A friend of mine, Lucas Mix, (astrobiologist and college chaplain) has a great essay on his blog about the relationship between science and religion, specifically Christianity. He starts by pointing out that people who read the Bible with an inerrantist, infallibilist hermenuetic should have at least as difficult a time with the idea of Entropy as a Universal Law as they do with Evolution. A straightforward reading of the biblical story makes one expect that the Universe will eventually come to a steady, highly ordered state of existence, which is pretty much the exact opposite of arc predicted by the Second Law of Thermodynamics.
But it can be, thankfully, more complicated than that.
“Back to entropy. From a scientific perspective, I use a story of a universe in which the second law applies. I believe the universe will end in heat death. It is a story of decline and disorder, but also a story that tells us important things about life (we eat to acquire energy, to heat our bodies and repair disorder, to continue living – humans as closed systems would die) and about stars (stars burn hydrogen to produce heat and to radiate heat and light), and about a hundred other things. The second law tells us that if order is maintained, we really should look for an outside source of energy. Science tells us about a universe of atoms moving toward heat death.
Christianity presents an alternative. Christians recognize, and have always recognized, that matter moves toward heat death – or as Paul would say, death has dominion over the world of the flesh. We also recognize that if you start looking at souls instead of atoms, the world looks a great deal different. The Christian perspective has people coming into relationship with one another and with God. Christ entered the world to ‘atone for sin,’ that is to make us one with God and one another (at one = atone). The Bible states that the ‘Kingdom of God is at hand.’ It doesn’t mean that some sore of physical castle will appear from another dimension. It means that there is a different lens through which to view the world, a spiritual lens, and through that lens, we see individuals forming communities of love.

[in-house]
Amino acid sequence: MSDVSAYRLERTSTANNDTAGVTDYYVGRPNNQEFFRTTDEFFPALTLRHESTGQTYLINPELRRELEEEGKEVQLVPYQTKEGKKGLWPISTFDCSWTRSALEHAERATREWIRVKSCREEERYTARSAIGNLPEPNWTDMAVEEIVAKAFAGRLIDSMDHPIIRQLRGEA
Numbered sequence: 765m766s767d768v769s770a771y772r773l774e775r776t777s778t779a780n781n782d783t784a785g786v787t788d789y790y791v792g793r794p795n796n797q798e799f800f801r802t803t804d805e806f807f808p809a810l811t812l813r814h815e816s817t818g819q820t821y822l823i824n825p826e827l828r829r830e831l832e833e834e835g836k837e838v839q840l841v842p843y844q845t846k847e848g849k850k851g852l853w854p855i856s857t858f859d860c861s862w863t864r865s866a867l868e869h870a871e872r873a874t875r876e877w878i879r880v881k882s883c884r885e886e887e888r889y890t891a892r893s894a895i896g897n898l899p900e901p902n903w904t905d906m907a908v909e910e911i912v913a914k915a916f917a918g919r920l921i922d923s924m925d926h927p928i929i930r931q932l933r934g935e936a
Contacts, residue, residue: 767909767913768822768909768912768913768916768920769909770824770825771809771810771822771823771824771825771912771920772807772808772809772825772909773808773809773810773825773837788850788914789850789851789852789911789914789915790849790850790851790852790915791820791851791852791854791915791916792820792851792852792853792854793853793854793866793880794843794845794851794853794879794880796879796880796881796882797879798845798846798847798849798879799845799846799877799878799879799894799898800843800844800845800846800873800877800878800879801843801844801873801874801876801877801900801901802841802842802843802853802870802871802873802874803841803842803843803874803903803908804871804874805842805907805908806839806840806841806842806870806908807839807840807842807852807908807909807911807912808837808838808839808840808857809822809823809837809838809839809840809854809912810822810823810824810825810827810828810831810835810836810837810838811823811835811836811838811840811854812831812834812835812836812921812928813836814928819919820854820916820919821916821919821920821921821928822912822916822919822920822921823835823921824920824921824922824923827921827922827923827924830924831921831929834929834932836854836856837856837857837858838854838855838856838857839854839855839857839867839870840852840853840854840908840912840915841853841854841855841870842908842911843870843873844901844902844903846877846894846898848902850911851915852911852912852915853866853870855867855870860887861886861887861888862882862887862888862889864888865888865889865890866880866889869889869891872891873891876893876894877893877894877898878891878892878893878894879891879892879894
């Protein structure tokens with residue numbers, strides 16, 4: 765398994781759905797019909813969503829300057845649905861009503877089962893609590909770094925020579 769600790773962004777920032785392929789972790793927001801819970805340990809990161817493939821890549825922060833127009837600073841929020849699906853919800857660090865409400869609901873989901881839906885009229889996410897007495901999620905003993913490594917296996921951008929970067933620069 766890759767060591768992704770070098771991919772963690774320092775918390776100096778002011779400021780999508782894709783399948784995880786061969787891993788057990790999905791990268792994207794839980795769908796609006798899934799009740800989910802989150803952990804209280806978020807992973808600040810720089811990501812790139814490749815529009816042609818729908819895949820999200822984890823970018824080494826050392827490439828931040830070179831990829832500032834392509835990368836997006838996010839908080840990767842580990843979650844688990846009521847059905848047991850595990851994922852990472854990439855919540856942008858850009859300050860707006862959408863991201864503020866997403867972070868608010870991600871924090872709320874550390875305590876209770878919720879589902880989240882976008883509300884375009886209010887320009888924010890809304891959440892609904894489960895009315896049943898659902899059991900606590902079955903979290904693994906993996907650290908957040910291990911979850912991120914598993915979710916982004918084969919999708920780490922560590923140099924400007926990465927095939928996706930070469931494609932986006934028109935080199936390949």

Christianity cannot provide an alternative physical hypothesis about heat death (or for that matter evolution). It is not a theory of atoms. No one can prove Christianity scientifically, nor should anyone mistake it for common sense or irrefutable logic. Anyone who says so is selling you something.”
Read his full essay here.
The part I particularly enjoyed was one you didn’t quote:
Today I want to talk about competing narratives about the world. If you are concerned that science and religion have different stories about the world, I share your concern. They do. Christianity has always, and always will recognize that it presents a different picture. This only becomes problematic when you feel you can only look at one picture at a time (an issue that will recur over and over in Wednesday’s Christian). I’m happy having both, or many, and using them as appropriate. I’m even willing for them to be incompatible (much as the wave and particle formalisms for light are incompatible in optics). I can have that kind of flexibility precisely because I seek knowledge for the sake of understanding rather than for it’s own sake. I have no vested interest in discovering a truth that I can hit people over the head with and force them to agree with me. I do have an interest in discovering truths that help me interact with the world in a productive way (science) and discovering truths that help me connect to God and neighbor (Christianity).
That really resonated with me. It sounds like it was written by someone with a scientific background. He just said it so well, so much better than I could have.